The more you get out on the golf course and implement what you learn in your On Course Playing Lessons, you will find that your decision-making process becomes easier and easier with time.
Here are a few bullet points to remember when faced with a dogleg. Often course designers throw them in on short holes. Play to get out of there with a par, and at all costs avoid the dreaded double bogey.
Firstly, stick to the basics. Put the ball in the fairway off the tee! This is pre-determined by your length. How far up the dogleg should you be aiming then, maybe driver off the tee may not be your best choice.
Secondly, avoid leaving the ball on a side hill. Often with doglegs your ball runs through and ends up on the side. For most recreational players, the ball above or below your feet presents its own difficulties.
Thirdly, in deference to point number 2, cut corners when you can, but remember the rule of 80%.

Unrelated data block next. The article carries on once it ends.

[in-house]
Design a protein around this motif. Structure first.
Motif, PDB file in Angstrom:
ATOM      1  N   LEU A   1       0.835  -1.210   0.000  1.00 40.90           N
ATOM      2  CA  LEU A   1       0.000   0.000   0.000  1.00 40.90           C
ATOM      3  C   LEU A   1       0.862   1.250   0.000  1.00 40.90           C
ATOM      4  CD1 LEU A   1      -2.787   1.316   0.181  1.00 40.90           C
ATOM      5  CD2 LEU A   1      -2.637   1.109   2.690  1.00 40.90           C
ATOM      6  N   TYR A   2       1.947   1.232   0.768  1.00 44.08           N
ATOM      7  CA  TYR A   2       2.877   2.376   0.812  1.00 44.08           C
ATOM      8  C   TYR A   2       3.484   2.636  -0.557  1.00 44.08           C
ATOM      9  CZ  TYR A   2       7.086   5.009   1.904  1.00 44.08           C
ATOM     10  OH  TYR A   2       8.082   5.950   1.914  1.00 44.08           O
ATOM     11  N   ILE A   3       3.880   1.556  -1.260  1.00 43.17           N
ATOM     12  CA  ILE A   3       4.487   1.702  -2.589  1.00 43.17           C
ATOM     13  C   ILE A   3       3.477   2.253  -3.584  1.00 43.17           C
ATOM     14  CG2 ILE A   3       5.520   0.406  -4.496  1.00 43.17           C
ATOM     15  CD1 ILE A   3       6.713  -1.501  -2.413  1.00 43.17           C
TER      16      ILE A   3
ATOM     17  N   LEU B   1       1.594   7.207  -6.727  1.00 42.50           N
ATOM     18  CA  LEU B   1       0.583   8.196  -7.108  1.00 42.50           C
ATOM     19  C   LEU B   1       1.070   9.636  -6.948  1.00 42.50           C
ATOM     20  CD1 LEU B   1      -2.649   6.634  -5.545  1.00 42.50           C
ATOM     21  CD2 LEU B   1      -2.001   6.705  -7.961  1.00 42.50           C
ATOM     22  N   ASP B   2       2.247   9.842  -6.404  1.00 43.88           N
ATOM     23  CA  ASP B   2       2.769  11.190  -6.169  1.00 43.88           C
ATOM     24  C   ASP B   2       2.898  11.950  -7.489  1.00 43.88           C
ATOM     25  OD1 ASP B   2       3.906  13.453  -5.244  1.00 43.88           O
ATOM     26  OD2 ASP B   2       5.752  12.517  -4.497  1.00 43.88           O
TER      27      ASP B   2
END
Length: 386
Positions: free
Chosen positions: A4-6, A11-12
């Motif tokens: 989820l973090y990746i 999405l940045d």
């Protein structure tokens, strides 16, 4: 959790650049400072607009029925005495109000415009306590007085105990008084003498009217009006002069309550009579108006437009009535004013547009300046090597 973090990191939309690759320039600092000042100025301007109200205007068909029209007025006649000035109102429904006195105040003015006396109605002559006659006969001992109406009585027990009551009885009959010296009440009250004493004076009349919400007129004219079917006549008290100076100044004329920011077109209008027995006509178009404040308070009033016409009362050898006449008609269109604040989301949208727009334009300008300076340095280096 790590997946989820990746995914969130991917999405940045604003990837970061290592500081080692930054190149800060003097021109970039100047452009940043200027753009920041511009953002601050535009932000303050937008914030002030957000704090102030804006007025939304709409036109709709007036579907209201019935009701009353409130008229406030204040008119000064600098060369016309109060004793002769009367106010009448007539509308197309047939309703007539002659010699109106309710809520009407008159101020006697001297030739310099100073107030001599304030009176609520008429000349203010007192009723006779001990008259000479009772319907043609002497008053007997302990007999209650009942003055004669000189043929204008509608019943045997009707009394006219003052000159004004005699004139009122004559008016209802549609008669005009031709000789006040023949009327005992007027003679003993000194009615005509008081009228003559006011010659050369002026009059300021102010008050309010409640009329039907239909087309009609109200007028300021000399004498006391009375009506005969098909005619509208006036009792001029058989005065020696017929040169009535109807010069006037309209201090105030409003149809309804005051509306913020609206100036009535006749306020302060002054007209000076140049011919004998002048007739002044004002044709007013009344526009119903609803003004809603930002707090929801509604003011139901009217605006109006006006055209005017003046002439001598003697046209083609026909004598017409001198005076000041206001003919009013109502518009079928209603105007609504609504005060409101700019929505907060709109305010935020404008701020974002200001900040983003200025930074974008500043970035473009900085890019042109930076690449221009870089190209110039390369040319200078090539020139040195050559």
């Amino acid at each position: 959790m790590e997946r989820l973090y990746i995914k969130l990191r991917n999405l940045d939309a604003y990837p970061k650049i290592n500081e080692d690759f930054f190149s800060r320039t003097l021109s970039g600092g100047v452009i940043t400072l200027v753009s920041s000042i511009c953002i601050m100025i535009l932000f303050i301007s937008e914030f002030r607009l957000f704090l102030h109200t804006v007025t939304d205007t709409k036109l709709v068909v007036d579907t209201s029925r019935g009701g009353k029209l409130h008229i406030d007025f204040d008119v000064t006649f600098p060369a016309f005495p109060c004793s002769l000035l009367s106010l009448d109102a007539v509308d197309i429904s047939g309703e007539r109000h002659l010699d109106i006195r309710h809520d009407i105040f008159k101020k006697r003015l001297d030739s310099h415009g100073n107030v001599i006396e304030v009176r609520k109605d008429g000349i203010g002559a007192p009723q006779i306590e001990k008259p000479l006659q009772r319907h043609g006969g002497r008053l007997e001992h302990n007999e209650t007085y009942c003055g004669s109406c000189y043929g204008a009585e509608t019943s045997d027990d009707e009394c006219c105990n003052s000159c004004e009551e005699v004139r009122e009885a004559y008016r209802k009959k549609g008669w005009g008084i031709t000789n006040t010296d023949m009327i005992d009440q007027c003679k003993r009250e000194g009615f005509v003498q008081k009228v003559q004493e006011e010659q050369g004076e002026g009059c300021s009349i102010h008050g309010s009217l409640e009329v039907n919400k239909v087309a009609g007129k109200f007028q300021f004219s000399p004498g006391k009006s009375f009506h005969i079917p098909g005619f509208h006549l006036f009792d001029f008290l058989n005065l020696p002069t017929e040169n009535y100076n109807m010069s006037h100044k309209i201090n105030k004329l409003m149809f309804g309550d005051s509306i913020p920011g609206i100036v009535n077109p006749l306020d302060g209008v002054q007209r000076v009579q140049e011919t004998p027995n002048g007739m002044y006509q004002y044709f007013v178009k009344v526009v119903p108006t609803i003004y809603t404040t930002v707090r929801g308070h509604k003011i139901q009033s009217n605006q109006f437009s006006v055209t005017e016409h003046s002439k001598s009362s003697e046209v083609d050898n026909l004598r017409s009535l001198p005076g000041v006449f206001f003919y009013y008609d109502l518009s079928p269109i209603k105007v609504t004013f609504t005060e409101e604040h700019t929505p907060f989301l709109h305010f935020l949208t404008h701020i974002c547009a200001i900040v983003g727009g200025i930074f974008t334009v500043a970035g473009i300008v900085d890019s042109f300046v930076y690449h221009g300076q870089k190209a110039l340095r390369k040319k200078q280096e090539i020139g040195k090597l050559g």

Fourthly- get accurate yardages. Know your carry vs roll distances and play accordingly. The old adage comes to mind, (I think I invented it- insert smiley face- 'the golf course doesn't care how far you hit the ball, it only counts the number of strokes it took you to get the ball in the cup')
Fifth and final- practice! Do not be overwhelmed by a dogleg, especially when it is not on the lines of your natural shot shape. You can have a natural fade, facing a dogleg right and you now forget that you are just looking at distances. If you need to lay-up and take a longer club into a green, that hole may now becomes a par hole. Too often in the quest to score low, players forget that a round of golf ebbs and flows, and sometimes patience is a virtue. Let the golf course come to you with opportunities, you do not have to 'blaze' a path around the course. If you are a competitor the mindset should still be the same, unless you are running out of holes and chasing a trophy, a title, or million dollar prize, so second just will not do.
Doglegs are simply there to challenge our thinking, not our skill set, if our thinking utilizes our skill set! Spring will shortly have sprung, so hopefully these thoughts serve you well.